Ellis is optimistic that legislators will enact "common-sense reforms" to improve eyewitness identification procedures, record interrogations and provide more money for indigent defense programs.
Five years ago, Texas offered capital juries the option of assessing convicted killers life without parole.
Major Texas newspapers, including the rock-ribbed conservative Dallas Morning News, have weighed in against capital punishment. Significantly, prosecutors have moved away from seeking death sentences.
This year, Harris County prosecutors sought - and juries awarded - death in just two cases.
Rob Owen, director of the University of Texas' capital punishment clinic, agreed.
"There's inevitably more public skepticism about a system that has produced these highly publicized mistakes," Owen said.

Bush unaware of request

The Jones case was the latest in a series that have raised questions about capital punishment.
One day before his execution, Jones petitioned Bush for a stay so that a hair found at the murder scene - the only physical evidence prosecutors had that linked Jones to the crime - could be subjected to DNA testing.
But Bush's staff counsel, Claudia Nadig, recommended in a memorandum that the governor reject the stay request, never mentioning the request for DNA testing.
Scheck on Friday contended that Bush, who had earlier endorsed post-conviction DNA testing in questioned cases, likely would have granted the stay for testing. Recently completed DNA testing of the hair showed that it came not from Jones but from the victim, Point Blank liquor store owner Allen Hilzendager.
Richard Dieter, director of the national Death Penalty Information Center, said innocence campaigns beginning in the 1990s contributed to a drop in death sentences nationally. Fewer such sentences meant less enthusiasm by district attorneys for seeking death, Dieter said.

Some still see support

Casey O'Brien, for 26 years a prosecutor with the Harris County District Attorney's Office, believes Texans will still support capital punishment "in the right case."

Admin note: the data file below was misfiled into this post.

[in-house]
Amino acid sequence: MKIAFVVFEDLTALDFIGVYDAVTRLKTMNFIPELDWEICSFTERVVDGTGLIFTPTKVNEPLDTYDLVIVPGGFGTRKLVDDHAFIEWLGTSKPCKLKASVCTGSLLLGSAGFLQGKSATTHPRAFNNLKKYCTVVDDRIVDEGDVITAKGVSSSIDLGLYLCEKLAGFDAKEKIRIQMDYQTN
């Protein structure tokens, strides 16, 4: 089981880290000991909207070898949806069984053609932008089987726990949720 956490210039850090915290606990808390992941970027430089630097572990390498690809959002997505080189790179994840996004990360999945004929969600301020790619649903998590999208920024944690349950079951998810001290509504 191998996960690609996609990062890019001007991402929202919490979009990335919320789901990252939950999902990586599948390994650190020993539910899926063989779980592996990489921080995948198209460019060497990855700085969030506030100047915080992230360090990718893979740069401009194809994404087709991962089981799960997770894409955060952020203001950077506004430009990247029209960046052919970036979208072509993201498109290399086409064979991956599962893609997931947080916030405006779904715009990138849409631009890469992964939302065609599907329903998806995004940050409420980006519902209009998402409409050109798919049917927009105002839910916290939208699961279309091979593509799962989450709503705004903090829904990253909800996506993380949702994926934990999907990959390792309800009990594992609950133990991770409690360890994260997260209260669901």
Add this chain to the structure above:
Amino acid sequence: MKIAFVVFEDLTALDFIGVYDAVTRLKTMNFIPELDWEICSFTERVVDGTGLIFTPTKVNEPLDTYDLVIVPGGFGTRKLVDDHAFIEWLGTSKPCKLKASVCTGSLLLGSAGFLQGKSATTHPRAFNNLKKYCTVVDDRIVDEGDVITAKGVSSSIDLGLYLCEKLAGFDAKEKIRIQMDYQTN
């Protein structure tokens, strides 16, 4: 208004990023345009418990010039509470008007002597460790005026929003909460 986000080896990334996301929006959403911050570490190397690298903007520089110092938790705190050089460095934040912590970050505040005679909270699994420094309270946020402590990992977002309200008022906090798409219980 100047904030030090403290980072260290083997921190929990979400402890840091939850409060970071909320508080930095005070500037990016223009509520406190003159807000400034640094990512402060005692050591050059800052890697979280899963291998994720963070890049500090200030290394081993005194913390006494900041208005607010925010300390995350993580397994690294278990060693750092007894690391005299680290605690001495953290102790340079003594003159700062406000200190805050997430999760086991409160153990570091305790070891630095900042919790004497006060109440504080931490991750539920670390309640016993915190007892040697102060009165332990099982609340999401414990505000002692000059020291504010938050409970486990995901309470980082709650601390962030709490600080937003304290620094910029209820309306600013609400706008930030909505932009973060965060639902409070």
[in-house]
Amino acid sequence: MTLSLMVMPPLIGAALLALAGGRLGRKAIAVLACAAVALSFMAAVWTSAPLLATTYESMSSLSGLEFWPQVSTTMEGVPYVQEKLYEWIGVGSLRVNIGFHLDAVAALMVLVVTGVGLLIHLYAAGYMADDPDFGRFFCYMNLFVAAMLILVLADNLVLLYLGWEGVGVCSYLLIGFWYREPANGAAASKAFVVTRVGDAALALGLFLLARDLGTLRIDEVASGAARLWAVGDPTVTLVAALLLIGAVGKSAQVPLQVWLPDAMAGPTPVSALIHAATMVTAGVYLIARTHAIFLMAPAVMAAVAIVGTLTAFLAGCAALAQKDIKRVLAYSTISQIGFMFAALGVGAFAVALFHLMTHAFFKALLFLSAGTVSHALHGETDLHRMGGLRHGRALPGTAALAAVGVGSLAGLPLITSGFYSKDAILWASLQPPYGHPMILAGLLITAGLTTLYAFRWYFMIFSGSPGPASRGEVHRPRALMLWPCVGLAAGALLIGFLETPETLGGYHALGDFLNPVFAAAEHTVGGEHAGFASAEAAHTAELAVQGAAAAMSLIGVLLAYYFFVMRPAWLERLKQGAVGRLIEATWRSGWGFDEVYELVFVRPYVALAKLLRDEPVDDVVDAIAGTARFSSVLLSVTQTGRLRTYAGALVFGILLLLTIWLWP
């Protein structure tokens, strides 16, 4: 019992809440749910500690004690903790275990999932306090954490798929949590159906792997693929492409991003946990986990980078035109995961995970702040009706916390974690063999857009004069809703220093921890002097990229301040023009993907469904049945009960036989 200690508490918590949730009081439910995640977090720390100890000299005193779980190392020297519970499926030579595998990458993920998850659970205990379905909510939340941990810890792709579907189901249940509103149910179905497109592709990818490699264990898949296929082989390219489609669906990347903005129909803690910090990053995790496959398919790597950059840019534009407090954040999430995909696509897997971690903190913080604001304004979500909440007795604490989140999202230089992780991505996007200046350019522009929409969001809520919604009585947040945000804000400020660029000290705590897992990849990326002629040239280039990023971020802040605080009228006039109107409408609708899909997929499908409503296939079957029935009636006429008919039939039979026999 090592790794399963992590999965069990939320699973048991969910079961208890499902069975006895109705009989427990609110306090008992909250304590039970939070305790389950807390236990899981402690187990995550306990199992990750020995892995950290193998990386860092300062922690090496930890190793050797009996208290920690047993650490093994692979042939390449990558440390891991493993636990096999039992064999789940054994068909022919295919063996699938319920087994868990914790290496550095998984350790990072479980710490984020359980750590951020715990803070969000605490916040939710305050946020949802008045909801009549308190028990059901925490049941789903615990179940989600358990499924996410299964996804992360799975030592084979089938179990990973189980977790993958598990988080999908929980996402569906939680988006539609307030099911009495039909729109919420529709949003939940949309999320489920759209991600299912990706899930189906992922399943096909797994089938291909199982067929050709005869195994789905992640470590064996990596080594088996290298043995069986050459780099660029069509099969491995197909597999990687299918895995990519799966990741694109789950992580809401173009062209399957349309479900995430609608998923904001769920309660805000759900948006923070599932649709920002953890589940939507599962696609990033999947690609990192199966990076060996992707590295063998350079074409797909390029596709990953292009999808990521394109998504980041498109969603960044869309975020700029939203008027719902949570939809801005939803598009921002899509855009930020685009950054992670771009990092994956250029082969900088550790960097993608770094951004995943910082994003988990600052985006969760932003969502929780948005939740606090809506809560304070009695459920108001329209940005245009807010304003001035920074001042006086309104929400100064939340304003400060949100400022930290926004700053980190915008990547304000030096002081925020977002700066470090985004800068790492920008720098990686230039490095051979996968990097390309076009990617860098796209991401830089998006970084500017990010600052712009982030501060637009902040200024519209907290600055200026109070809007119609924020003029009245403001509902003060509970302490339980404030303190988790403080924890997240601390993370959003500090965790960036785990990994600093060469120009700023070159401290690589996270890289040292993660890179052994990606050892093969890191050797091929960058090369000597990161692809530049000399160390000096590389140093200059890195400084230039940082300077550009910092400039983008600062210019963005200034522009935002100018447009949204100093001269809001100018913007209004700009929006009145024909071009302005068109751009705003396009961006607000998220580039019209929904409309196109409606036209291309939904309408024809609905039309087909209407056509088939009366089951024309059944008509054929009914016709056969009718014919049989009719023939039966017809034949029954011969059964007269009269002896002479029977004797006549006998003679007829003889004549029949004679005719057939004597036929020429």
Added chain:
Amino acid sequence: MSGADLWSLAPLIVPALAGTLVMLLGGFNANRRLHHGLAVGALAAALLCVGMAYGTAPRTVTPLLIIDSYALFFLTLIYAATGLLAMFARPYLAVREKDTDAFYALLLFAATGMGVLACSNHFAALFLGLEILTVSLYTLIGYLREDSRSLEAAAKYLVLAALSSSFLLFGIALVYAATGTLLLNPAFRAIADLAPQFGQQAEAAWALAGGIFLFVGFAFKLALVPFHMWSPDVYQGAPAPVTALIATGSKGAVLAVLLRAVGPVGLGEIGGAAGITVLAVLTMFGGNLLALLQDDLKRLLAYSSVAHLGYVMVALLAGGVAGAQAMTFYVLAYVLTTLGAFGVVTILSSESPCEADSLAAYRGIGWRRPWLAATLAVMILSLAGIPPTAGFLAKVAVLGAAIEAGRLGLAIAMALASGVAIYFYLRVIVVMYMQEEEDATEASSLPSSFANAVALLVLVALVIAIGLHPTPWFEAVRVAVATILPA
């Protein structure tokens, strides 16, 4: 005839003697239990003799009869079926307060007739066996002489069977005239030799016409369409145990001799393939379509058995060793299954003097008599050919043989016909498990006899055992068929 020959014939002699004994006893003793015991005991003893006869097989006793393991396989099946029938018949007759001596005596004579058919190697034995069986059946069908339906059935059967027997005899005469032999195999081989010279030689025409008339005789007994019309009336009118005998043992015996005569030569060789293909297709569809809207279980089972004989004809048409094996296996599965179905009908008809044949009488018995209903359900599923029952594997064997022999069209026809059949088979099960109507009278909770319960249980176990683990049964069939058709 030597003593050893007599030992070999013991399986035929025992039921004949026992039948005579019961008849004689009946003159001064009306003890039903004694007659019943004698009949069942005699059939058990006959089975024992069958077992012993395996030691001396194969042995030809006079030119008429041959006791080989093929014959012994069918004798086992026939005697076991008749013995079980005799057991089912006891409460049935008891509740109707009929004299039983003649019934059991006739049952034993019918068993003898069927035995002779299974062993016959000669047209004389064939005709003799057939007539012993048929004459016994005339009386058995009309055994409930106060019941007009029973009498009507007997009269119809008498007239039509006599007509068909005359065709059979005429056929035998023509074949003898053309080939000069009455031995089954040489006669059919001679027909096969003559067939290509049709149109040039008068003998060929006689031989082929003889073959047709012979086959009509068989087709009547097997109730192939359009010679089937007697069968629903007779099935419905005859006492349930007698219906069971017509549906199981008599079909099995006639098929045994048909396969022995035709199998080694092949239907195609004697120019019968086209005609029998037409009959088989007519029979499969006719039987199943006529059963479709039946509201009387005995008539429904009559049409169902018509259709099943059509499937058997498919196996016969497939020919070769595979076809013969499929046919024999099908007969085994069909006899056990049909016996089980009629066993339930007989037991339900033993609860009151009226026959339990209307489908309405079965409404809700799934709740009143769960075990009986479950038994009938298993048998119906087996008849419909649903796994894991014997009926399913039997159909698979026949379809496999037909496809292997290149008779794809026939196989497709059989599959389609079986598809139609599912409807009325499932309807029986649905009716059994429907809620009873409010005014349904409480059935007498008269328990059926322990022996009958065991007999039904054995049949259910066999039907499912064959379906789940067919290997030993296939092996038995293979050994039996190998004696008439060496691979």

But he acknowledged that prosecutors less frequently seek death penalties in murder cases involving robberies. "Aggravated robbery cases are off the board - unless they're serial killers," he said. "You'd try a case like that 15 years ago and you'd get the death penalty."

Process of law respected

Dennis Longmire, a Sam Houston State University criminal justice professor, is optimistic that publicity surrounding claims of wrongful convictions in capital cases will "resonate" with legislators. But the impact on the general public, he believes, may be "disheartening."
"I think there's a greater sense among elected public officials, whatever their opinion of the death penalty, to have a fundamental respect for the orderly process of law," he said. "I think public officials are more responsible than the common person."
Longmire said surveys he conducted several years ago showed that 90 percent of respondents who favored the death penalty believed that, in the state's last 100 executions, an innocent person had been put to death.
"In talking to students," he said, "they say maybe those who were executed were innocent of their crimes but they were probably guilty of something."